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House chaplain retracts resignation, presses Speaker Ryan to let him remain in post

WASHINGTON (USA Today) — Conroy said he initially felt he had “little choice to resign,” but he has now reconsidered – especially in light of comments Ryan made that he fired the chaplain because his "pastoral services were not being adequately served, or offered." 

The Rev. Patrick Conroy, former chaplain of the House of Representatives, delivers an interfaith message on the steps of the Capitol in Washington for the victims of the mass shooting at an LGBT nightclub in Orlando on  June 13, 2016.  Conroy, a Roman Catholic priest from the Jesuit order, has been forced out after seven years by House Speaker Paul Ryan after complaints by some lawmakers claimed he was too political. (AP Photo/J. Scott Applewhite)

WASHINGTON (USA Today) —  The House chaplain, Rev. Patrick Conroy, has decided to fight Speaker Paul Ryan’s move to oust him – telling the Republican leader on Thursday he wants to retract the resignation letter he submitted at Ryan’s direction.

“I have never been disciplined, nor reprimanded, nor have I ever heard a complaint about my ministry during my time as House chaplain,” Conroy wrote in a letter to Ryan. “It is my desire to continue to serve as House chaplain in this 115th United States Congress and beyond …”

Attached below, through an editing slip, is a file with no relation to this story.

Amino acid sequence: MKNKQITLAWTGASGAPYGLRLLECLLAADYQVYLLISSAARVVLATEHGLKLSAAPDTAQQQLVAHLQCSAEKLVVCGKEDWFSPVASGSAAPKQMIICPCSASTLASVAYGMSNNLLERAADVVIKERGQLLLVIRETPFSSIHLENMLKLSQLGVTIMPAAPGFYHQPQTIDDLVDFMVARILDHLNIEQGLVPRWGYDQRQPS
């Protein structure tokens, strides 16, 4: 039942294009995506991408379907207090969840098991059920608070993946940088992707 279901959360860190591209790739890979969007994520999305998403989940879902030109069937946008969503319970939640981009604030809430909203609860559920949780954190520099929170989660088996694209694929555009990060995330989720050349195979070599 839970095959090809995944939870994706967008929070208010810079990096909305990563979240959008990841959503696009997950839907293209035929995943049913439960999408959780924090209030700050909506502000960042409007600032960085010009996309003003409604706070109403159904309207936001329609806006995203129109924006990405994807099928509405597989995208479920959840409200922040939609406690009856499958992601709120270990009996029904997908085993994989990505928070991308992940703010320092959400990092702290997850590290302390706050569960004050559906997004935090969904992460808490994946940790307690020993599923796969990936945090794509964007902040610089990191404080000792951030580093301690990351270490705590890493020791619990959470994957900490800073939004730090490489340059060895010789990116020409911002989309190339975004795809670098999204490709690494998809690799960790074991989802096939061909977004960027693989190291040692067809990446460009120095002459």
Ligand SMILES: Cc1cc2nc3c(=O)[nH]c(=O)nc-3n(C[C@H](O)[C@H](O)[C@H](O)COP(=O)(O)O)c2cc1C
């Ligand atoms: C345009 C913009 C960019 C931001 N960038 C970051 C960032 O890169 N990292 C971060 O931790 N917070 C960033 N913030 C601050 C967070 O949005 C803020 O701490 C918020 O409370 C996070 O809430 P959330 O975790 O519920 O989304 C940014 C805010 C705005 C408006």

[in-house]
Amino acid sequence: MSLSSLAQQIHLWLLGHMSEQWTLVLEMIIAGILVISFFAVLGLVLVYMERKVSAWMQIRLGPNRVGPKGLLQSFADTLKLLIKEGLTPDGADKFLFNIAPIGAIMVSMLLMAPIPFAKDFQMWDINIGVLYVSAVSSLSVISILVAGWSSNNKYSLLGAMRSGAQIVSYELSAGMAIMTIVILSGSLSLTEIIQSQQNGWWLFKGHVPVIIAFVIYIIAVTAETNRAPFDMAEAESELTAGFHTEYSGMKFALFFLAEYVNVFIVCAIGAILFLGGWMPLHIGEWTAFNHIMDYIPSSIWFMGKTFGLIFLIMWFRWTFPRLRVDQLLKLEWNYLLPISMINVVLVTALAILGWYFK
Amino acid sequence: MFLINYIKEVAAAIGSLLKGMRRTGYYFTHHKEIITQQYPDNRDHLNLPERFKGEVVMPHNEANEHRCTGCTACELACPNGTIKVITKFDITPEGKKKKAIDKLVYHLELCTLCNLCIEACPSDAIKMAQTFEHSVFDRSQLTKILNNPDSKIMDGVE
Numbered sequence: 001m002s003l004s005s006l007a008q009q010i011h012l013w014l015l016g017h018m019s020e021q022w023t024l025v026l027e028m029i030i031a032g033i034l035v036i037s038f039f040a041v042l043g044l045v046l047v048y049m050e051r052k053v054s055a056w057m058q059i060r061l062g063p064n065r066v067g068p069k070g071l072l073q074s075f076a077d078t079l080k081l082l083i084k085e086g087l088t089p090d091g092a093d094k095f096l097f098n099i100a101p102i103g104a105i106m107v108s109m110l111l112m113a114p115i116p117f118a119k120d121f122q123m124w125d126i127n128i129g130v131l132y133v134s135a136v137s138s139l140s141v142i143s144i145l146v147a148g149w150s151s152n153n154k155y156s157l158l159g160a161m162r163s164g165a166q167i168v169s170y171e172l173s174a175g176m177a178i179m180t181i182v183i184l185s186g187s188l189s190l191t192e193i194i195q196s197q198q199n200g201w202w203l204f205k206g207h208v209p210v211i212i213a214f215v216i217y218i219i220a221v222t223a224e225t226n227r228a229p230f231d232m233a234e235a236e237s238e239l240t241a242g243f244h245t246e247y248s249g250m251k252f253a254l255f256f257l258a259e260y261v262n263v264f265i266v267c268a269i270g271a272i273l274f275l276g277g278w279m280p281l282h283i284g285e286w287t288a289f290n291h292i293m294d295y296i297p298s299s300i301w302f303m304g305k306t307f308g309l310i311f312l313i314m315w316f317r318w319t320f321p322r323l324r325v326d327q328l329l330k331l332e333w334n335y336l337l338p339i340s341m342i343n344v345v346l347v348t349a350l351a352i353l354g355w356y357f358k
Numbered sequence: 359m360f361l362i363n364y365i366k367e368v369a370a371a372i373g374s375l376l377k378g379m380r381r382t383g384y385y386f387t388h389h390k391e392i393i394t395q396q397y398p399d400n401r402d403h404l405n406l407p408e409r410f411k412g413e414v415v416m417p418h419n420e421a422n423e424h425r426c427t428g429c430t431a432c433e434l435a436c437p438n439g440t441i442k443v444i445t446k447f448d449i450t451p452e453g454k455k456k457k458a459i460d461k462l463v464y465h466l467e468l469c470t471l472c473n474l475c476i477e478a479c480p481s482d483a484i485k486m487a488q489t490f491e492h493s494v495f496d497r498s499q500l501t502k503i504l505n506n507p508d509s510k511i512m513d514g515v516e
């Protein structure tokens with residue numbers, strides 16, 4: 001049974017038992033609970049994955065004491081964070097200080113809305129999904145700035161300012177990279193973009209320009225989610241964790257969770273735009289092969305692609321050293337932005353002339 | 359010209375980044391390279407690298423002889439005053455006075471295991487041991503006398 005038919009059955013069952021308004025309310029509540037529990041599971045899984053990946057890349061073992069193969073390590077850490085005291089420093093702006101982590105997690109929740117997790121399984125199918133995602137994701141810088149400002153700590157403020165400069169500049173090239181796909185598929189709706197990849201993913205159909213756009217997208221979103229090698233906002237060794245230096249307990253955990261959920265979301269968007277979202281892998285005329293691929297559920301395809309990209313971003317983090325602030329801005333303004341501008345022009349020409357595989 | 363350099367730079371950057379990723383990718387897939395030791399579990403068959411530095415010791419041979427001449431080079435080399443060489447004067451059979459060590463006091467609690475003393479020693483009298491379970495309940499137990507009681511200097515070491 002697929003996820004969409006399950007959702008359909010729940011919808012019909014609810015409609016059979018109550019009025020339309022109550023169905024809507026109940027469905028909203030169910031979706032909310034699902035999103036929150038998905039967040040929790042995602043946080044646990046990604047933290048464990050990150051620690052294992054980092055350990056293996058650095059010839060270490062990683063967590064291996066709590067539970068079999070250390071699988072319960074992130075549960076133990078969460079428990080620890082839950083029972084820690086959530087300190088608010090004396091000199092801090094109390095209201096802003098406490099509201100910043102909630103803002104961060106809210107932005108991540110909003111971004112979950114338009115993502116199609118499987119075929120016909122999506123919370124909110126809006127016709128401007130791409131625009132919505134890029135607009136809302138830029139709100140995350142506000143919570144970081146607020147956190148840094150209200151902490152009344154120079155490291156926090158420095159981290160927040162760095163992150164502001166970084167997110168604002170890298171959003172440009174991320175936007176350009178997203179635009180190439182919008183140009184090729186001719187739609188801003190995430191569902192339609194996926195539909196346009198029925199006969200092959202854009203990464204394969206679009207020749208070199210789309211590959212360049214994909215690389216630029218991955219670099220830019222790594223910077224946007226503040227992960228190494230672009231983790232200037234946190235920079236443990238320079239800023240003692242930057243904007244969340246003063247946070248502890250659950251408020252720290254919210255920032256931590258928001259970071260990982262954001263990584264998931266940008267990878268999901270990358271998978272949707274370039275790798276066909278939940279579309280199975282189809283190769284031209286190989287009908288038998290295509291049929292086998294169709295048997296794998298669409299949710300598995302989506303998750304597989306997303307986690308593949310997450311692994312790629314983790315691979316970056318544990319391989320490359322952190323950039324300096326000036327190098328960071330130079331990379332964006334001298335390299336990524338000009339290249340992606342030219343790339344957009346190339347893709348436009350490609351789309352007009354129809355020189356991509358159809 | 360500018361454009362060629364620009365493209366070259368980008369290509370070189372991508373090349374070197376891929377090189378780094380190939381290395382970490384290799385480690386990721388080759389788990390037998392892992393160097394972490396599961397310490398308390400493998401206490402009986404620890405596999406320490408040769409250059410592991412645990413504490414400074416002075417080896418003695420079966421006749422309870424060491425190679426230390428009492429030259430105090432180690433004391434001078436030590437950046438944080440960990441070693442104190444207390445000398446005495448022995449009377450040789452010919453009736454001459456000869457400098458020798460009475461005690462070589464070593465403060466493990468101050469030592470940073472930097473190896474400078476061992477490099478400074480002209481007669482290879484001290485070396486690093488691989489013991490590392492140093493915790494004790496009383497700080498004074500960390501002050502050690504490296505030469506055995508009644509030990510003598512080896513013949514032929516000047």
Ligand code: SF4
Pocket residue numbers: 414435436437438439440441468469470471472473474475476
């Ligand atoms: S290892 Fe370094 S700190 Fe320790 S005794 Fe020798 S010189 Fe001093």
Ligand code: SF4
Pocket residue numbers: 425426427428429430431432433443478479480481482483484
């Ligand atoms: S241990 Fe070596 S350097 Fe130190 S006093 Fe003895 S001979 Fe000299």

Ryan asked Conroy to resign in mid-April — a move that has sparked a backlash in both parties and across religious lines among lawmakers who felt blindsided by the House speaker’s decision and felt Conroy was treated unfairly.

Conroy, in his letter on Thursday, says that Ryan never spoke with him directly about his ouster. He said Ryan dispatched his chief of staff, Jonathan Burks, to inform him of the firing.

When Conroy asked why, “Mr. Burks mentioned dismissively something like ‘maybe it’s time that we had a chaplain that wasn’t a Catholic,’” Conroy states in the letter.

Conroy said Burks also mentioned a prayer Conroy had delivered in November, as Republicans were preparing to vote on their tax cut bill, that urged lawmakers not to create “winners and losers” and keep in mind those who “continue to struggle.”

Conroy said he initially felt he had “little choice to resign,” but he has now reconsidered – especially in light of comments Ryan made last week saying he fired the chaplain because “a number of our members felt like the pastoral services were not being adequately served, or offered.” 

Conroy said that’s not what Burks told him in April and he essentially dared Ryan to fire him.

“I do not wish to have my ‘resignation’ be construed as a ‘constructive termination,’” Conroy wrote. “You may wish to outright ‘fire’ me, if you have the authority to do so, but should you wish to terminate my services, it will be without my offer of resignation.”

For the House chaplain to push back so publicly against the House speaker is remarkable. And it represents an escalation in a fight that Ryan’s office had probably hoped would peter out.

“My personal sense is this was a fight not worth having from Paul Ryan’s standpoint,” said Matthew Wilson, a professor of political science at Southern Methodist University and an expert on religion and politics.

“It’s going to be more trouble than it’s worth,” Wilson said, and will now be difficult for Ryan to “extricate himself gracefully.”